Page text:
More ropes to ease Mt Everest traffic jam

KATHMANDU Thu Mar 13, 2014 1:37am EDT

Mount Everest (2nd R), the world highest peak, and other peaks of the Himalayan range are seen from air during a mountain flight from Kathmandu April 24, 2010. REUTERS/Tim Chong

Mount Everest (2nd R), the world highest peak, and other peaks of the Himalayan range are seen from air during a mountain flight from Kathmandu April 24, 2010.

Credit: Reuters/Tim Chong

KATHMANDU (Reuters) - Nepalese climbing specialists will fix a second rope at the Hillary Step, a dangerous "death zone" bottleneck near the Mount Everest summit, to ease congestion on the world's highest mountain, a hiking group said on Thursday.

Hundreds of climbers from around the world attempt to scale the 8,850-metre (29,035 feet) Everest summit every year, but a 40-foot near vertical wall of rock at about 8,790 meters (28,840 feet) often causes major problems.

Exhausted climbers have been forced to wait there for several hours, awaiting their turn to climb up or come down a single rope, exposed to risks of thin air in what is known as the "death zone".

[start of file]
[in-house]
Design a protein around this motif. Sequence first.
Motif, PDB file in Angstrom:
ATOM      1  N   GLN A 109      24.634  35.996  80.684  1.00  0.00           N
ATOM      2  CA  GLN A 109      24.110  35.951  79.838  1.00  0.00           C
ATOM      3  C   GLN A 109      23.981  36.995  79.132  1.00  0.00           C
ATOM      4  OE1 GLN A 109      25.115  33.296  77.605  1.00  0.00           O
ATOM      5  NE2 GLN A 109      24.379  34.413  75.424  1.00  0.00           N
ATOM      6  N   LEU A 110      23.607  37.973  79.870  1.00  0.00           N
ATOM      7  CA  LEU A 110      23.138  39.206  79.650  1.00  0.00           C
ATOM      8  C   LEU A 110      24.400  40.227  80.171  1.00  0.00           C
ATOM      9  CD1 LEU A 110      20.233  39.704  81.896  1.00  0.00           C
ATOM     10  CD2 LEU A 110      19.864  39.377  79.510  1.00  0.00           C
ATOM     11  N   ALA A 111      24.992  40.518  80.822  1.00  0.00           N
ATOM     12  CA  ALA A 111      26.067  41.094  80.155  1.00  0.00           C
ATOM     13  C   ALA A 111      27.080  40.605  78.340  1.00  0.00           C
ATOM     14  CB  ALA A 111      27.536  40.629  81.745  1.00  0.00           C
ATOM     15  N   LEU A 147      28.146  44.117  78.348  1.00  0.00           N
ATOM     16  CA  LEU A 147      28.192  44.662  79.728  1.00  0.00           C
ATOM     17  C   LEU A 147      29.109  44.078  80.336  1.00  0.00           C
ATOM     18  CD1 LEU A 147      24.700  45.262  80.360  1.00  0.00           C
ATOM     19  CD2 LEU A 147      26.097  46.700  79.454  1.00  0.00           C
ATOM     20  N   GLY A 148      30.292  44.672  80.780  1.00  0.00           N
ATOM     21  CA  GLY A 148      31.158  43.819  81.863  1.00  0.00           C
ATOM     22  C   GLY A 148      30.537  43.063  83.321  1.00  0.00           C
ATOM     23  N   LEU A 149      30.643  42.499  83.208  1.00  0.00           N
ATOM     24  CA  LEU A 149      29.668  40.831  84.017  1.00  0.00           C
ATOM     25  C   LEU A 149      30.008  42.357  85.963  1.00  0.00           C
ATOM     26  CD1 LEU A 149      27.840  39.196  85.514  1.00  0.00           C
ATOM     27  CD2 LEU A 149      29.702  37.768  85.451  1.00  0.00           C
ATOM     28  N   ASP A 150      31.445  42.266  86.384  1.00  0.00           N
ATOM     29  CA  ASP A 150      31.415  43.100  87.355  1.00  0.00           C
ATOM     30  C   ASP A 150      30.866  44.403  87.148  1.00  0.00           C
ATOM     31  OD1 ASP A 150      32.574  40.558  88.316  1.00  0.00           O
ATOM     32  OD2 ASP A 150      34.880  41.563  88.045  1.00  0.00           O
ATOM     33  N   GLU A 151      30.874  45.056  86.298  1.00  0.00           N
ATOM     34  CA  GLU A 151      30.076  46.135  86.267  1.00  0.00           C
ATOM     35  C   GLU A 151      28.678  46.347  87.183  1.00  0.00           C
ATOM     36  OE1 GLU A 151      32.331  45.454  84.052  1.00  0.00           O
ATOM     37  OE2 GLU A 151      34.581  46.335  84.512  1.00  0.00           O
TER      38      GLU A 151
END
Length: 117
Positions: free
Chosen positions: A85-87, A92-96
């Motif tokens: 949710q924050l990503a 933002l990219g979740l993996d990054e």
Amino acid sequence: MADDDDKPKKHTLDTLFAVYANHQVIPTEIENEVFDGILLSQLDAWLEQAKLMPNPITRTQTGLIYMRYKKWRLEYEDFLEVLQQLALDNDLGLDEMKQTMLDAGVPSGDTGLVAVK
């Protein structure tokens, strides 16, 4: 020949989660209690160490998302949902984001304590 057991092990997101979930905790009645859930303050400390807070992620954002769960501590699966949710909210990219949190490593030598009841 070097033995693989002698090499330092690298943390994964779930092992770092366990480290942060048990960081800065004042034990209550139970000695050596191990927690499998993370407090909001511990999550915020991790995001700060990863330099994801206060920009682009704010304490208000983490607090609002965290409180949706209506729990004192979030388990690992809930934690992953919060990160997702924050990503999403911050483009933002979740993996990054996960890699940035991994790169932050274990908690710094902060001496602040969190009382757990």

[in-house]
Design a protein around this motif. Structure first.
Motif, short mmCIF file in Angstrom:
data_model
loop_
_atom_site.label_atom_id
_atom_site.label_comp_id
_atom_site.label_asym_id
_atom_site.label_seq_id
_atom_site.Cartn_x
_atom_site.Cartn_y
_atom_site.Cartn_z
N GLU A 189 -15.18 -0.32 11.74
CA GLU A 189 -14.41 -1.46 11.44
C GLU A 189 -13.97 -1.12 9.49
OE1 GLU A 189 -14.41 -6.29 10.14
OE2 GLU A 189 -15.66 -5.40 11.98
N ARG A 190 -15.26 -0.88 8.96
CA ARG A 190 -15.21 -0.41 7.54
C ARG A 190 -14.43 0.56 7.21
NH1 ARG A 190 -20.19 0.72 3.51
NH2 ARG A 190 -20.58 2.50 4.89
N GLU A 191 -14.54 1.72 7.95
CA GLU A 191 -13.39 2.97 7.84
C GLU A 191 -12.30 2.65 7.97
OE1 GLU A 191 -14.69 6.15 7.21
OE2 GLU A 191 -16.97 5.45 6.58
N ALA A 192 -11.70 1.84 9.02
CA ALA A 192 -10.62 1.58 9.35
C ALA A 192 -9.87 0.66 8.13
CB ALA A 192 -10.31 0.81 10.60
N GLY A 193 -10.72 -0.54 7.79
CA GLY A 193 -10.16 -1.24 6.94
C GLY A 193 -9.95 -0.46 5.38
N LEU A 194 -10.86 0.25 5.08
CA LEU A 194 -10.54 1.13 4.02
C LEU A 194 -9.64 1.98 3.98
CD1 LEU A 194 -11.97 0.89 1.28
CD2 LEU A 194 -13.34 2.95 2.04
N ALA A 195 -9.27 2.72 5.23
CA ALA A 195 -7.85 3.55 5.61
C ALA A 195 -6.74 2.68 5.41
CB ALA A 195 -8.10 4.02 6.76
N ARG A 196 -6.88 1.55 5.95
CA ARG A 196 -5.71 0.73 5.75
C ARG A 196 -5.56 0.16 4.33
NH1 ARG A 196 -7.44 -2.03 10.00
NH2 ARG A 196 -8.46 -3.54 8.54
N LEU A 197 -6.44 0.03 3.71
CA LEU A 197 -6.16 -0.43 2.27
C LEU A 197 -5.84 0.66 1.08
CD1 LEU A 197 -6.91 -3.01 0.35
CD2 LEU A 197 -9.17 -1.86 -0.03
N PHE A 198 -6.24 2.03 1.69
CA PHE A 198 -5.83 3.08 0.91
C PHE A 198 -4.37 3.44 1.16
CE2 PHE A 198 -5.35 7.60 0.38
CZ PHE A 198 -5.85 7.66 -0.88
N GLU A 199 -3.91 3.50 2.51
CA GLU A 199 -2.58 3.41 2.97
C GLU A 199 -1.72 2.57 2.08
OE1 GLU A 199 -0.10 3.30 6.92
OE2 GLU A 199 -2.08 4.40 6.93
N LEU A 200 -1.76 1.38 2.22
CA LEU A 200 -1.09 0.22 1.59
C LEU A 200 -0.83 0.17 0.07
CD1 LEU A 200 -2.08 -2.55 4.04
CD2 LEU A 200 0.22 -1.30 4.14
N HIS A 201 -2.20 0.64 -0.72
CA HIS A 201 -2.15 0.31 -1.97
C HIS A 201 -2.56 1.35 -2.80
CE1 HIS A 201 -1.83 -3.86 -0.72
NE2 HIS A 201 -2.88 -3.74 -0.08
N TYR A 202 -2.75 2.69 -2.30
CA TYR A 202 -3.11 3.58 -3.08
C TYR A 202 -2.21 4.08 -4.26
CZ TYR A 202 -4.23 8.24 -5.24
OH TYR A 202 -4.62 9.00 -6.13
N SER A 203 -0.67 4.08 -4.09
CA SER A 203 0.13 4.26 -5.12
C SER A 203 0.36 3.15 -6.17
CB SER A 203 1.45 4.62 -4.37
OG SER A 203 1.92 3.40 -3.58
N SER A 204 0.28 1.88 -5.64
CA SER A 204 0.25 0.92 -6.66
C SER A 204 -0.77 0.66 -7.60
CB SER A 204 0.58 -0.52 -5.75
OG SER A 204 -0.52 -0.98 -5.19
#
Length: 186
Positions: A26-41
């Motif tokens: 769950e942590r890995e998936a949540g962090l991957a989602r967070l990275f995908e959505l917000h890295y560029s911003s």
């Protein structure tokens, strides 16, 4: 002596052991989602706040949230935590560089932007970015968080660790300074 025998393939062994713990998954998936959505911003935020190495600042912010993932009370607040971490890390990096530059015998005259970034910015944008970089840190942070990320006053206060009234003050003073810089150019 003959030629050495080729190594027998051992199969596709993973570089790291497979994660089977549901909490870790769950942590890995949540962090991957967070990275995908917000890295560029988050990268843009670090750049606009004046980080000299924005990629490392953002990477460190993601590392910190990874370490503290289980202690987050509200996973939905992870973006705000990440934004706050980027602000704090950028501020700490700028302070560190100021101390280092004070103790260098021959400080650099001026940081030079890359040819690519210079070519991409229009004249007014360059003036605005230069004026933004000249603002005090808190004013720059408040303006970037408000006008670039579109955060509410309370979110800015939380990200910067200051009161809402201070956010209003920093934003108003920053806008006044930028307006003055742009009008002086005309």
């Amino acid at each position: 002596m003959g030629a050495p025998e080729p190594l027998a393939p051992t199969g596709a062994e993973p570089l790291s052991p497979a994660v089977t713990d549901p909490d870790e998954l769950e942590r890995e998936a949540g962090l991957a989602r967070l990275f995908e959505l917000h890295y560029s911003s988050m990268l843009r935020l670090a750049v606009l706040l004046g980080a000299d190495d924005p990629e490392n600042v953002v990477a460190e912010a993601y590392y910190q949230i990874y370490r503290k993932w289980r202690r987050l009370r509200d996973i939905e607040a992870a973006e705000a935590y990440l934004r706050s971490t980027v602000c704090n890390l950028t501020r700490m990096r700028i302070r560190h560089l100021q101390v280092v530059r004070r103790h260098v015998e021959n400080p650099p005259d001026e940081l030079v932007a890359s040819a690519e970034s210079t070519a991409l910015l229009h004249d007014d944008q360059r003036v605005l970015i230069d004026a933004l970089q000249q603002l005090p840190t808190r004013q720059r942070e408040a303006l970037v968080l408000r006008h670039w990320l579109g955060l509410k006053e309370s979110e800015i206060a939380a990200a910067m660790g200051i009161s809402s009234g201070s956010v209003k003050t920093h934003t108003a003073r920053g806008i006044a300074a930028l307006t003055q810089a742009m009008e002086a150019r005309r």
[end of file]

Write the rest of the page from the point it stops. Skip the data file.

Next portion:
Dawa Steven Sherpa, a member of Expedition Organisers' Association (EOA), said separate ropes will be fixed also at obstacles like the Geneva Spur, Yellow Band and Balcony to ease the congestion.

"We want to fix ropes as early as possible so it leaves many weather windows to get to the top without any climber being pressed to climb at the same time and create the traffic jam," Sherpa told Reuters.

Nepal says it will post army and police personnel at the Everest base camp for climbers' security after a brawl between European mountaineers and local sherpas over rope fixing last year.

They will also ensure that the climbers don't leave garbage on the mountain, another concern on the peak that attracts increasing number of climbers.

The government has asked climbers to bring down at least eight kilos (17.5 pounds) of rubbish to the base camp. Mountain climbing is a key source of income and employment for impoverished Nepal.

More than 4,000 people have scaled Mount Everest since it was first climbed by New Zealand's Edmund Hillary and Nepal's Tenzing Norgay Sherpa in 1953. A total of 240 have died on its slopes.

(Editing by Jeremy Laurence)

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